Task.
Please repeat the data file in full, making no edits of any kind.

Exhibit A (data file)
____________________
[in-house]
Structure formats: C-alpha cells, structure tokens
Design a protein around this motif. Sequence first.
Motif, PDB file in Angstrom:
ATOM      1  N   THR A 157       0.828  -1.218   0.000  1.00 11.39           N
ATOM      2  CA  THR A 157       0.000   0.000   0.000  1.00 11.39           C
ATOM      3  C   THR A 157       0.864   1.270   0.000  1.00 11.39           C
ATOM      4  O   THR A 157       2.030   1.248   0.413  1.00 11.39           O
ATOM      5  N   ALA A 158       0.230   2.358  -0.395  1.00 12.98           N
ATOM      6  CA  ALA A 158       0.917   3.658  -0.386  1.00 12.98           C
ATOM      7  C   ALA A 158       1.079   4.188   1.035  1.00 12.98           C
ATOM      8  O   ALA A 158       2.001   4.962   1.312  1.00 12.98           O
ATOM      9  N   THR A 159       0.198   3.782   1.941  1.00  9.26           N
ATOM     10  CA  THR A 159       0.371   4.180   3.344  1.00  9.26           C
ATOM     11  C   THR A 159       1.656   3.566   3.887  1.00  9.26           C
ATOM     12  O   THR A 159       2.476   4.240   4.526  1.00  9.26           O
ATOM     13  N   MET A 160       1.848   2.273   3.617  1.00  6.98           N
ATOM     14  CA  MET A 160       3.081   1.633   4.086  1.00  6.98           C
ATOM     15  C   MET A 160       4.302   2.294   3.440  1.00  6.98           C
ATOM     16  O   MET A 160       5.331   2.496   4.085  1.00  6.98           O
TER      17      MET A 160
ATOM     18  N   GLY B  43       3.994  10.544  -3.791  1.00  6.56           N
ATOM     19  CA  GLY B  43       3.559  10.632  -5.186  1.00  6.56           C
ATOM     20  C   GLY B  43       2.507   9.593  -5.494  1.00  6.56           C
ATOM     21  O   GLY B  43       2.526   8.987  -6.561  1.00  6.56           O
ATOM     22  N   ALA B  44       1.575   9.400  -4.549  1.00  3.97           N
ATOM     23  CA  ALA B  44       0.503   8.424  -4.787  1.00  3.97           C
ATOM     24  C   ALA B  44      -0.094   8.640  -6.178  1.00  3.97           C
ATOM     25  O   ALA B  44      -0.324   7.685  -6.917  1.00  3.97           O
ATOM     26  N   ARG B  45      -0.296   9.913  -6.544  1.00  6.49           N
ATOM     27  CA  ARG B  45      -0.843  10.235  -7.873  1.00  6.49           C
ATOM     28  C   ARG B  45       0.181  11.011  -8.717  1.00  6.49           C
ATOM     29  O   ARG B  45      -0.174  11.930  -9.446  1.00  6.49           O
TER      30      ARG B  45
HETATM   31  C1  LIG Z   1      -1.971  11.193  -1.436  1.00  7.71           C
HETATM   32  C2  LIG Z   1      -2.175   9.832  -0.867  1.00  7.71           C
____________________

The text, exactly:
[in-house]
Structure formats: C-alpha cells, structure tokens
Design a protein around this motif. Sequence first.
Motif, PDB file in Angstrom:
ATOM      1  N   THR A 157       0.828  -1.218   0.000  1.00 11.39           N
ATOM      2  CA  THR A 157       0.000   0.000   0.000  1.00 11.39           C
ATOM      3  C   THR A 157       0.864   1.270   0.000  1.00 11.39           C
ATOM      4  O   THR A 157       2.030   1.248   0.413  1.00 11.39           O
ATOM      5  N   ALA A 158       0.230   2.358  -0.395  1.00 12.98           N
ATOM      6  CA  ALA A 158       0.917   3.658  -0.386  1.00 12.98           C
ATOM      7  C   ALA A 158       1.079   4.188   1.035  1.00 12.98           C
ATOM      8  O   ALA A 158       2.001   4.962   1.312  1.00 12.98           O
ATOM      9  N   THR A 159       0.198   3.782   1.941  1.00  9.26           N
ATOM     10  CA  THR A 159       0.371   4.180   3.344  1.00  9.26           C
ATOM     11  C   THR A 159       1.656   3.566   3.887  1.00  9.26           C
ATOM     12  O   THR A 159       2.476   4.240   4.526  1.00  9.26           O
ATOM     13  N   MET A 160       1.848   2.273   3.617  1.00  6.98           N
ATOM     14  CA  MET A 160       3.081   1.633   4.086  1.00  6.98           C
ATOM     15  C   MET A 160       4.302   2.294   3.440  1.00  6.98           C
ATOM     16  O   MET A 160       5.331   2.496   4.085  1.00  6.98           O
TER      17      MET A 160
ATOM     18  N   GLY B  43       3.994  10.544  -3.791  1.00  6.56           N
ATOM     19  CA  GLY B  43       3.559  10.632  -5.186  1.00  6.56           C
ATOM     20  C   GLY B  43       2.507   9.593  -5.494  1.00  6.56           C
ATOM     21  O   GLY B  43       2.526   8.987  -6.561  1.00  6.56           O
ATOM     22  N   ALA B  44       1.575   9.400  -4.549  1.00  3.97           N
ATOM     23  CA  ALA B  44       0.503   8.424  -4.787  1.00  3.97           C
ATOM     24  C   ALA B  44      -0.094   8.640  -6.178  1.00  3.97           C
ATOM     25  O   ALA B  44      -0.324   7.685  -6.917  1.00  3.97           O
ATOM     26  N   ARG B  45      -0.296   9.913  -6.544  1.00  6.49           N
ATOM     27  CA  ARG B  45      -0.843  10.235  -7.873  1.00  6.49           C
ATOM     28  C   ARG B  45       0.181  11.011  -8.717  1.00  6.49           C
ATOM     29  O   ARG B  45      -0.174  11.930  -9.446  1.00  6.49           O
TER      30      ARG B  45
HETATM   31  C1  LIG Z   1      -1.971  11.193  -1.436  1.00  7.71           C
HETATM   32  C2  LIG Z   1      -2.175   9.832  -0.867  1.00  7.71           C